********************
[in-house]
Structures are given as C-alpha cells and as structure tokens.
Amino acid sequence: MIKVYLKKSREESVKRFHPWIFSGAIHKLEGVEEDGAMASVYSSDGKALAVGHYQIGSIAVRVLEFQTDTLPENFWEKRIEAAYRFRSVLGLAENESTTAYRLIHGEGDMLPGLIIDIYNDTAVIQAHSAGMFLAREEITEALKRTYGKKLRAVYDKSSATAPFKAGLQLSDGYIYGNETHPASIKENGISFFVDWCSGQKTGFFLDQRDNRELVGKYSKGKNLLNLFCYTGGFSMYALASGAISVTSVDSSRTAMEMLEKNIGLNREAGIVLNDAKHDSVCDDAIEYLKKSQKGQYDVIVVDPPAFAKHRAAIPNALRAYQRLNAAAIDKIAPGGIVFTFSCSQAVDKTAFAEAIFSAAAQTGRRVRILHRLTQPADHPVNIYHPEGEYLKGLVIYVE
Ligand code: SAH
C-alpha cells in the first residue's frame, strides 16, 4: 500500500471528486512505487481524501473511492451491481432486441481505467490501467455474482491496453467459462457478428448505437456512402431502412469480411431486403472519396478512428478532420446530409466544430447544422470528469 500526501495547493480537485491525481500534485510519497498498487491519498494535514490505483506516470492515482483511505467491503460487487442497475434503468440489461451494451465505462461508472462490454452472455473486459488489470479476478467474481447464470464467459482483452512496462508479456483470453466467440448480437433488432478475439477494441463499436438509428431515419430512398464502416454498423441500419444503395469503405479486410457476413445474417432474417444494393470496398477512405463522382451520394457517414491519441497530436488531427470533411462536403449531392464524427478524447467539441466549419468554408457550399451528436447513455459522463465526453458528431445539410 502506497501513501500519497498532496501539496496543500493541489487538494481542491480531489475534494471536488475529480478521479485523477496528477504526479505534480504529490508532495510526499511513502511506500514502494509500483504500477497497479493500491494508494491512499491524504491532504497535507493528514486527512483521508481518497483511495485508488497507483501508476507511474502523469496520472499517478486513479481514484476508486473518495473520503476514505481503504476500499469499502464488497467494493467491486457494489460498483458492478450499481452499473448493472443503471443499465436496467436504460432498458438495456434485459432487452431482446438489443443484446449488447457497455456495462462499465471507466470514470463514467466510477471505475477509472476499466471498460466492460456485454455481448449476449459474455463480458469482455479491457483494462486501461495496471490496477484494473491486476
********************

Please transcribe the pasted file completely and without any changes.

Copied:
[in-house]
Structures are given as C-alpha cells and as structure tokens.
Amino acid sequence: MIKVYLKKSREESVKRFHPWIFSGAIHKLEGVEEDGAMASVYSSDGKALAVGHYQIGSIAVRVLEFQTDTLPENFWEKRIEAAYRFRSVLGLAENESTTAYRLIHGEGDMLPGLIIDIYNDTAVIQAHSAGMFLAREEITEALKRTYGKKLRAVYDKSSATAPFKAGLQLSDGYIYGNETHPASIKENGISFFVDWCSGQKTGFFLDQRDNRELVGKYSKGKNLLNLFCYTGGFSMYALASGAISVTSVDSSRTAMEMLEKNIGLNREAGIVLNDAKHDSVCDDAIEYLKKSQKGQYDVIVVDPPAFAKHRAAIPNALRAYQRLNAAAIDKIAPGGIVFTFSCSQAVDKTAFAEAIFSAAAQTGRRVRILHRLTQPADHPVNIYHPEGEYLKGLVIYVE
Ligand code: SAH
C-alpha cells in the first residue's frame, strides 16, 4: 500500500471528486512505487481524501473511492451491481432486441481505467490501467455474482491496453467459462457478428448505437456512402431502412469480411431486403472519396478512428478532420446530409466544430447544422470528469 500526501495547493480537485491525481500534485510519497498498487491519498494535514490505483506516470492515482483511505467491503460487487442497475434503468440489461451494451465505462461508472462490454452472455473486459488489470479476478467474481447464470464467459482483452512496462508479456483470453466467440448480437433488432478475439477494441463499436438509428431515419430512398464502416454498423441500419444503395469503405479486410457476413445474417432474417444494393470496398477512405463522382451520394457517414491519441497530436488531427470533411462536403449531392464524427478524447467539441466549419468554408457550399451528436447513455459522463465526453458528431445539410 502506497501513501500519497498532496501539496496543500493541489487538494481542491480531489475534494471536488475529480478521479485523477496528477504526479505534480504529490508532495510526499511513502511506500514502494509500483504500477497497479493500491494508494491512499491524504491532504497535507493528514486527512483521508481518497483511495485508488497507483501508476507511474502523469496520472499517478486513479481514484476508486473518495473520503476514505481503504476500499469499502464488497467494493467491486457494489460498483458492478450499481452499473448493472443503471443499465436496467436504460432498458438495456434485459432487452431482446438489443443484446449488447457497455456495462462499465471507466470514470463514467466510477471505475477509472476499466471498460466492460456485454455481448449476449459474455463480458469482455479491457483494462486501461495496471490496477484494473491486476